Woman are going to have to wait a while for equal pay in the women's AFL.

The proposed pay scale for the inaugural women’s AFL league has been leaked and almost immediately we wanted to call for a umpire.

The Herald Sun today revealed the proposed pay scale for the majority of players would be $5000 for the entire season.

This means that a 25-member team could be paid a collective $190,000 for an eight-week season.

Say what? Comparatively, the average wage for one listed male player was $302,104 in 2015.

There is some scaling for the female players with the two top or marquee players from each club potentially walking away with $25,000 each. The $25,000 is split into a $10,000 marketing component with a proposed $15,000 remaining for matches played.

One ‘priority pre-signing’ player and potentially four ‘high draft selections’ could also walk away with $10.000.

But still it seems an awful lot less money than the blokes are being paid for doing the same job.

So what’s the deal?

AFL General Manager of Game and Market Development Mr Simon Lethlean said today: “The AFL will be investing tens of millions of dollars into a new national elite league over the coming years, as well as investing significantly in participation pathways and talent programs for girls and women – we are determined that the women’s game is an emphatic success.”

“Our intention is to pay players between $25,000 (marquee players) and $5,000, and we believe this is a fair and reasonable amount in the first year of building an elite competition from amateur leagues, and for a short season of up to nine weeks.”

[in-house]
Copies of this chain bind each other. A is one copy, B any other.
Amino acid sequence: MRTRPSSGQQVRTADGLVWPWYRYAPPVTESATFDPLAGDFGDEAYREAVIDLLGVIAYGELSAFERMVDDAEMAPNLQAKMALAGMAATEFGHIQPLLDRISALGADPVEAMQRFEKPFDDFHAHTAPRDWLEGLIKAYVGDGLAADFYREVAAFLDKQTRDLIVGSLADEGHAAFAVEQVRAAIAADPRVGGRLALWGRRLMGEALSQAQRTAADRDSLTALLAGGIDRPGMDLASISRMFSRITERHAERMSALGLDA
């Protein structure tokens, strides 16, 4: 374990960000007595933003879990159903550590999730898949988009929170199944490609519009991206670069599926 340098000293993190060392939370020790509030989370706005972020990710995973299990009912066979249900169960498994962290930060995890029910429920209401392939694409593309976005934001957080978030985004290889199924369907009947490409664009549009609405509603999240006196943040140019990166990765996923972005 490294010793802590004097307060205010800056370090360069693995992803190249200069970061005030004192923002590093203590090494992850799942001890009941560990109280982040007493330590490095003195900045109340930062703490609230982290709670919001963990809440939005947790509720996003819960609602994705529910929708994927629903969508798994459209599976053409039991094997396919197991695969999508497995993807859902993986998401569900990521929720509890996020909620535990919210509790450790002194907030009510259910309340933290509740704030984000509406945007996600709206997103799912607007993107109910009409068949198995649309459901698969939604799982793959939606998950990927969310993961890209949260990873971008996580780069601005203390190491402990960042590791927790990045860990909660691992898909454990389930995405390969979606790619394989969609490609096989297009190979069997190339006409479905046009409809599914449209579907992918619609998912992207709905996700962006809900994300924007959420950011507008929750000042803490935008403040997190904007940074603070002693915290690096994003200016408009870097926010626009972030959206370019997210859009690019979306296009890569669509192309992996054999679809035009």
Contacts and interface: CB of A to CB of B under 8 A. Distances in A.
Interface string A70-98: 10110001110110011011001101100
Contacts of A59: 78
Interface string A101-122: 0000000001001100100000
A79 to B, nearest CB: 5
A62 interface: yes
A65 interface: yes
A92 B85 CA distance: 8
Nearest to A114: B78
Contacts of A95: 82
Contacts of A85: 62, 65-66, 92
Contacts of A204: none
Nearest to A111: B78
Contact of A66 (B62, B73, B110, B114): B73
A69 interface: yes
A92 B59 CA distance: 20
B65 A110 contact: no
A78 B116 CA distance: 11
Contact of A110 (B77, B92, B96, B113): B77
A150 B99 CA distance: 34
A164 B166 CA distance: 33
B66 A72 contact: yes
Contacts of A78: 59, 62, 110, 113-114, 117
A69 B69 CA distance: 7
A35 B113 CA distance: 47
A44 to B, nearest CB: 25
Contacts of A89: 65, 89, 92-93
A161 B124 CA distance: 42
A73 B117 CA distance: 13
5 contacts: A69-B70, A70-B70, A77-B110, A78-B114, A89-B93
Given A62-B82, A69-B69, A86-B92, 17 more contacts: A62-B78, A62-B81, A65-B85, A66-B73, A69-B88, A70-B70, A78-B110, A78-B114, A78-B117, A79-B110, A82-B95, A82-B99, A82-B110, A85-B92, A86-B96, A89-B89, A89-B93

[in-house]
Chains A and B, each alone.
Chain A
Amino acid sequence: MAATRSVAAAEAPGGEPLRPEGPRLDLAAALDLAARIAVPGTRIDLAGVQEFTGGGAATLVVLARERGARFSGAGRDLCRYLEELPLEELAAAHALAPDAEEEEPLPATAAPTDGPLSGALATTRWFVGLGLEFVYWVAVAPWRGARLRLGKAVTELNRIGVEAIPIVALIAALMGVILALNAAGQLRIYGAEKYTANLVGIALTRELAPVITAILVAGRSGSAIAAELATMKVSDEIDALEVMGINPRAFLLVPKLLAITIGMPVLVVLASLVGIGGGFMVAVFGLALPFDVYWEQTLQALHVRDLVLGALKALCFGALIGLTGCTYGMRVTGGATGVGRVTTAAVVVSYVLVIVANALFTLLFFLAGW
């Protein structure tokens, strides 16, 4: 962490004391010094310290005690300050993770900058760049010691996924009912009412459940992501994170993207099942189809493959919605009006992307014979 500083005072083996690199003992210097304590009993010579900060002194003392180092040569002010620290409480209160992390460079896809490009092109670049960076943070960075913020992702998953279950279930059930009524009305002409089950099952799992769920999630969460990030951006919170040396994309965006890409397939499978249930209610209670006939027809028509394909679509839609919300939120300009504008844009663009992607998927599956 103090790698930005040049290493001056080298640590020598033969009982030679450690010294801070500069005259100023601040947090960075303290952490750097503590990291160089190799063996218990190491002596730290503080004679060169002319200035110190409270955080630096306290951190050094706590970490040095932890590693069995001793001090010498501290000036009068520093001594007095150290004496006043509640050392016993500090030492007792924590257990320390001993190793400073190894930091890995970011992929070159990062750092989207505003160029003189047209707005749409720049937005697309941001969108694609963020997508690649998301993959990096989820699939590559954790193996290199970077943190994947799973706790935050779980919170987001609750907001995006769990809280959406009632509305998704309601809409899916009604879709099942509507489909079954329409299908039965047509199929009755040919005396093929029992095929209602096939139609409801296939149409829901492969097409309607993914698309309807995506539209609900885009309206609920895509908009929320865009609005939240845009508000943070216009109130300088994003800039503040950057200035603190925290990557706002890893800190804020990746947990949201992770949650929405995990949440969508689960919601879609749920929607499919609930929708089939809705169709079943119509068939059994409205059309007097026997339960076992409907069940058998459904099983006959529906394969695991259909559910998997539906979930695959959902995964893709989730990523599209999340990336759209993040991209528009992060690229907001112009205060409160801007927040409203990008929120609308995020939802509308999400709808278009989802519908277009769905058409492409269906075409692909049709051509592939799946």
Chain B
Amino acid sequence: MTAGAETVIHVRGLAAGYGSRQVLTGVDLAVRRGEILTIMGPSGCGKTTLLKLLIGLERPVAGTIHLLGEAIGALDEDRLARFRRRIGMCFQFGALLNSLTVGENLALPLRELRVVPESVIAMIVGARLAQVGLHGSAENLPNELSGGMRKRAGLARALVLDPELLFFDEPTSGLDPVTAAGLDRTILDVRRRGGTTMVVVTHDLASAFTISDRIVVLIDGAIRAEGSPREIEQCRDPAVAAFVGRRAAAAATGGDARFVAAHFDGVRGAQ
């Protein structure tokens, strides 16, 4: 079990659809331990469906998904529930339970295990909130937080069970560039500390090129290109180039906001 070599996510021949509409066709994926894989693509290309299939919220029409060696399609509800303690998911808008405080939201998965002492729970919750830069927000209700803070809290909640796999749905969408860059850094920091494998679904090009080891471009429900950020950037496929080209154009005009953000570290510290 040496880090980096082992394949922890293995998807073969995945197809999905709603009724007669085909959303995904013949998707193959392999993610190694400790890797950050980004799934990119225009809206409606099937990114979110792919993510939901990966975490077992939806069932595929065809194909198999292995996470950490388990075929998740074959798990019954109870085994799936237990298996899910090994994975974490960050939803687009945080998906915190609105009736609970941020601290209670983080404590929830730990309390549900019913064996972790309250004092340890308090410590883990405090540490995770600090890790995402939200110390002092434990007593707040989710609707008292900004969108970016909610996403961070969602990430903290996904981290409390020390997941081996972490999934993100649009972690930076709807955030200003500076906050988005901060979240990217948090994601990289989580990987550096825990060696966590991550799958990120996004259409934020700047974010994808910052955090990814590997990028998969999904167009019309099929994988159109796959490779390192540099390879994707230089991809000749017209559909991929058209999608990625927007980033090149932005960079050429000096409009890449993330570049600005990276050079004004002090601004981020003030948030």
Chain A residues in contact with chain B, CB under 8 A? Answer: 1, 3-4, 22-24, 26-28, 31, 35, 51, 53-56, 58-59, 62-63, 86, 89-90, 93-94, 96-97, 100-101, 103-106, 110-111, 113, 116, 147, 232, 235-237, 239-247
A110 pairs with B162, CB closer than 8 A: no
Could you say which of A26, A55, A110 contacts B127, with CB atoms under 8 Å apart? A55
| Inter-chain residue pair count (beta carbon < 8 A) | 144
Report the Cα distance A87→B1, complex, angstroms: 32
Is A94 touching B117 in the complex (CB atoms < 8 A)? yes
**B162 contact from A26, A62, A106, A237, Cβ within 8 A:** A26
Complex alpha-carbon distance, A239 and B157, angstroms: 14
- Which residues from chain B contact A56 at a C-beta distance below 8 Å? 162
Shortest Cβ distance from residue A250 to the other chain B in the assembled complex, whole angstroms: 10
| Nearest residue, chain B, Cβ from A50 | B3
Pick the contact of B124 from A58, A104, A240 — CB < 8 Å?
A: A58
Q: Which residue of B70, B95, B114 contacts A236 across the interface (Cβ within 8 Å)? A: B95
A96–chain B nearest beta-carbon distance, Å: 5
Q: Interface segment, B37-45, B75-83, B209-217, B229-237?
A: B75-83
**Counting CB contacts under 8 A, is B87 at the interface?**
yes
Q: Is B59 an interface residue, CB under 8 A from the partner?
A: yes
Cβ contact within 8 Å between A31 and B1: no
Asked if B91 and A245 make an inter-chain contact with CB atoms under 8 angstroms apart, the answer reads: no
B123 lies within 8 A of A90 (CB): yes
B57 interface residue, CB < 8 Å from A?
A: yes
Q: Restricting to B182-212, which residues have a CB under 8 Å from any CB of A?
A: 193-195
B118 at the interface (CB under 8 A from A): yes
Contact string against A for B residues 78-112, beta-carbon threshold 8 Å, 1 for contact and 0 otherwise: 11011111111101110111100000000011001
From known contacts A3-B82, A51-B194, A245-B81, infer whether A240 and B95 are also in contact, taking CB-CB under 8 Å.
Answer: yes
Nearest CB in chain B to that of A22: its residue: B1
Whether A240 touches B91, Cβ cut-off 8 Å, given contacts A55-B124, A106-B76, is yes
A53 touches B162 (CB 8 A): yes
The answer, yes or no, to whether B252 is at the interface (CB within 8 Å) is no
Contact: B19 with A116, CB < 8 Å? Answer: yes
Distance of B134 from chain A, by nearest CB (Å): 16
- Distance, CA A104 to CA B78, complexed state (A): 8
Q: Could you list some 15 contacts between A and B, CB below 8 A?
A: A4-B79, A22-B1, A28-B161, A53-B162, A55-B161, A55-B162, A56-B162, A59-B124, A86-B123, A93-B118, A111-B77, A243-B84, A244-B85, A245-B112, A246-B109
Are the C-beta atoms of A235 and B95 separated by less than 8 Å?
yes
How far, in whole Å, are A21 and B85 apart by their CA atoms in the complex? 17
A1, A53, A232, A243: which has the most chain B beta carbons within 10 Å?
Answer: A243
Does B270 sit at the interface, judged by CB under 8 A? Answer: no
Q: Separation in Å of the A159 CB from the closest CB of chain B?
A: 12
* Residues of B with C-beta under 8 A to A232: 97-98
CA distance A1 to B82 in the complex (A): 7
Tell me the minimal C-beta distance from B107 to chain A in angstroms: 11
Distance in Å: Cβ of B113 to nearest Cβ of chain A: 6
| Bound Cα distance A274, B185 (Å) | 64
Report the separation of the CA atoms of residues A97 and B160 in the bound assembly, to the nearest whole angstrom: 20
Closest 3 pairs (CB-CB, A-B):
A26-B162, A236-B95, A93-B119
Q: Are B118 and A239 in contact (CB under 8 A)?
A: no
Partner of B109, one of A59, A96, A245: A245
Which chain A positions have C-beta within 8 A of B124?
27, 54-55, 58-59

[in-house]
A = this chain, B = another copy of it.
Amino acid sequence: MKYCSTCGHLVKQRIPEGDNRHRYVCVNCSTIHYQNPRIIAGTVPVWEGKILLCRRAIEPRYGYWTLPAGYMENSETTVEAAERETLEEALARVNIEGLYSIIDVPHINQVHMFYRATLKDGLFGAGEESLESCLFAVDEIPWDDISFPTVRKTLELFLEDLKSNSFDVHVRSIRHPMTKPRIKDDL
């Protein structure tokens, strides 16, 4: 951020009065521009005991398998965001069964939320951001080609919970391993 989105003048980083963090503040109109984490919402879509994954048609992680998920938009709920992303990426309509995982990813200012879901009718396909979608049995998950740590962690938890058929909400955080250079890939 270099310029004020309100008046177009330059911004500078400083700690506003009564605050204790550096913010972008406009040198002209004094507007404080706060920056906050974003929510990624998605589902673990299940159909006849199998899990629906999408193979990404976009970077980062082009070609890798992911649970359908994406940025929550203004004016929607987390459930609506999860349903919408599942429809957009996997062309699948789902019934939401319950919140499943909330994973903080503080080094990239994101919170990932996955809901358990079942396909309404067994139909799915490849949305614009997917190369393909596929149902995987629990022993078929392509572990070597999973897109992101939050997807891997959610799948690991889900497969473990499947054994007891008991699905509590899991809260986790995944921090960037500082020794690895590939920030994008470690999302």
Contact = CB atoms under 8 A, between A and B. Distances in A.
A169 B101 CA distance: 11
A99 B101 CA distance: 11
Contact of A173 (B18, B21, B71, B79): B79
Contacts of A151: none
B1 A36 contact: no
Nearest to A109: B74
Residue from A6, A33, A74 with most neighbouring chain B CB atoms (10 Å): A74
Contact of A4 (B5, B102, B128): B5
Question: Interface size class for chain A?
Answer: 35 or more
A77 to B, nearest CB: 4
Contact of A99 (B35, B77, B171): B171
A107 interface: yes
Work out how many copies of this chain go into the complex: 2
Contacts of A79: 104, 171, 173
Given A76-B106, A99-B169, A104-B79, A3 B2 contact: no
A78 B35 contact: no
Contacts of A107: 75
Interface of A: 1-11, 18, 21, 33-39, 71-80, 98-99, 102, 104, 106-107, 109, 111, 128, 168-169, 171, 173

There’s no doubt a lot of female players are thrilled just to get their own league off the ground and to earn anything at all. Most of them have been playing amateur for years. So same game. No money.

The truth is while it seems intrinsically unfair to not earn the same money for the same job, it happens in most sports and it won’t change until commercial sponsors get on board.


Simon Lethlean continued: “This is just the beginning, and as our game grows we will continue to invest in our athletes that will soon be household names.”

We want the same thing. We want AFL women’s players to be household names too. We want them to be Aussie sporting legends.

So we’re calling to the big business of Australia to support the AFL women’s league by getting behind the league.  We’re calling on big commercial sponsors to stump up the cash to allow the women who play to be paid more.


Don’t hold back. Be leaders. Be the ones who pave the way. Be the ones who got in on the ground floor.

Darcy Vescio (left) and Briana Davey of the Blues. Source: Getty Images.

The season will begin next February and spans eight-weeks with pre-season matches kicking off this November.

A Western Bulldogs v Melbourne match that showcases some of the top talent will be played in Melbourne this Saturday night at Whitten Oval. Get along to show your support if you can.